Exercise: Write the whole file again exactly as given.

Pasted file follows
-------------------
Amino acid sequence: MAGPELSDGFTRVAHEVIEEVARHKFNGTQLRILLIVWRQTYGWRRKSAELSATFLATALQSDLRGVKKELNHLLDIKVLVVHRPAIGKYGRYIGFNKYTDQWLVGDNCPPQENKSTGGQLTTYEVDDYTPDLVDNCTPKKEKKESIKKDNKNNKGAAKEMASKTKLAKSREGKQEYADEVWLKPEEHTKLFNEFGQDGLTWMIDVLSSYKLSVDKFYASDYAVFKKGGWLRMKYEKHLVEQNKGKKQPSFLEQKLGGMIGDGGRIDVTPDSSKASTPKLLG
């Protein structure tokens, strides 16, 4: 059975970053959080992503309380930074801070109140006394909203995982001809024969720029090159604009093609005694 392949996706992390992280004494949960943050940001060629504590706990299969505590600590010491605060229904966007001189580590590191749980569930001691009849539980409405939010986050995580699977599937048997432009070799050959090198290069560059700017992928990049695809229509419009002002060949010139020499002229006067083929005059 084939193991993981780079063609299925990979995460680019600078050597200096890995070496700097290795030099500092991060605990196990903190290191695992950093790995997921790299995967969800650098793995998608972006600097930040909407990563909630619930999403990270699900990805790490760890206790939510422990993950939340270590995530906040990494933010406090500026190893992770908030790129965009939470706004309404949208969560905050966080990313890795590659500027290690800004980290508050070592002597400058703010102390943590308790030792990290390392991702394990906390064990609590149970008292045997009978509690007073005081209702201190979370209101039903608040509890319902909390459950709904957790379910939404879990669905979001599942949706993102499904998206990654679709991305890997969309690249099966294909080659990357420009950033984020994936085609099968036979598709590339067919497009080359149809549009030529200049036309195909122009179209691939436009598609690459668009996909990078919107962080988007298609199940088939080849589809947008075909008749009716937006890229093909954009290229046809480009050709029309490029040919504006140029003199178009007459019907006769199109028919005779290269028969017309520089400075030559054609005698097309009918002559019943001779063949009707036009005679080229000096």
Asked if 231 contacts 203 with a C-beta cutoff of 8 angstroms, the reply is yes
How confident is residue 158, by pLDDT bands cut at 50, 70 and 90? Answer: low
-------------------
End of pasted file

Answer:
Amino acid sequence: MAGPELSDGFTRVAHEVIEEVARHKFNGTQLRILLIVWRQTYGWRRKSAELSATFLATALQSDLRGVKKELNHLLDIKVLVVHRPAIGKYGRYIGFNKYTDQWLVGDNCPPQENKSTGGQLTTYEVDDYTPDLVDNCTPKKEKKESIKKDNKNNKGAAKEMASKTKLAKSREGKQEYADEVWLKPEEHTKLFNEFGQDGLTWMIDVLSSYKLSVDKFYASDYAVFKKGGWLRMKYEKHLVEQNKGKKQPSFLEQKLGGMIGDGGRIDVTPDSSKASTPKLLG
């Protein structure tokens, strides 16, 4: 059975970053959080992503309380930074801070109140006394909203995982001809024969720029090159604009093609005694 392949996706992390992280004494949960943050940001060629504590706990299969505590600590010491605060229904966007001189580590590191749980569930001691009849539980409405939010986050995580699977599937048997432009070799050959090198290069560059700017992928990049695809229509419009002002060949010139020499002229006067083929005059 084939193991993981780079063609299925990979995460680019600078050597200096890995070496700097290795030099500092991060605990196990903190290191695992950093790995997921790299995967969800650098793995998608972006600097930040909407990563909630619930999403990270699900990805790490760890206790939510422990993950939340270590995530906040990494933010406090500026190893992770908030790129965009939470706004309404949208969560905050966080990313890795590659500027290690800004980290508050070592002597400058703010102390943590308790030792990290390392991702394990906390064990609590149970008292045997009978509690007073005081209702201190979370209101039903608040509890319902909390459950709904957790379910939404879990669905979001599942949706993102499904998206990654679709991305890997969309690249099966294909080659990357420009950033984020994936085609099968036979598709590339067919497009080359149809549009030529200049036309195909122009179209691939436009598609690459668009996909990078919107962080988007298609199940088939080849589809947008075909008749009716937006890229093909954009290229046809480009050709029309490029040919504006140029003199178009007459019907006769199109028919005779290269028969017309520089400075030559054609005698097309009918002559019943001779063949009707036009005679080229000096």
Asked if 231 contacts 203 with a C-beta cutoff of 8 angstroms, the reply is yes
How confident is residue 158, by pLDDT bands cut at 50, 70 and 90? Answer: low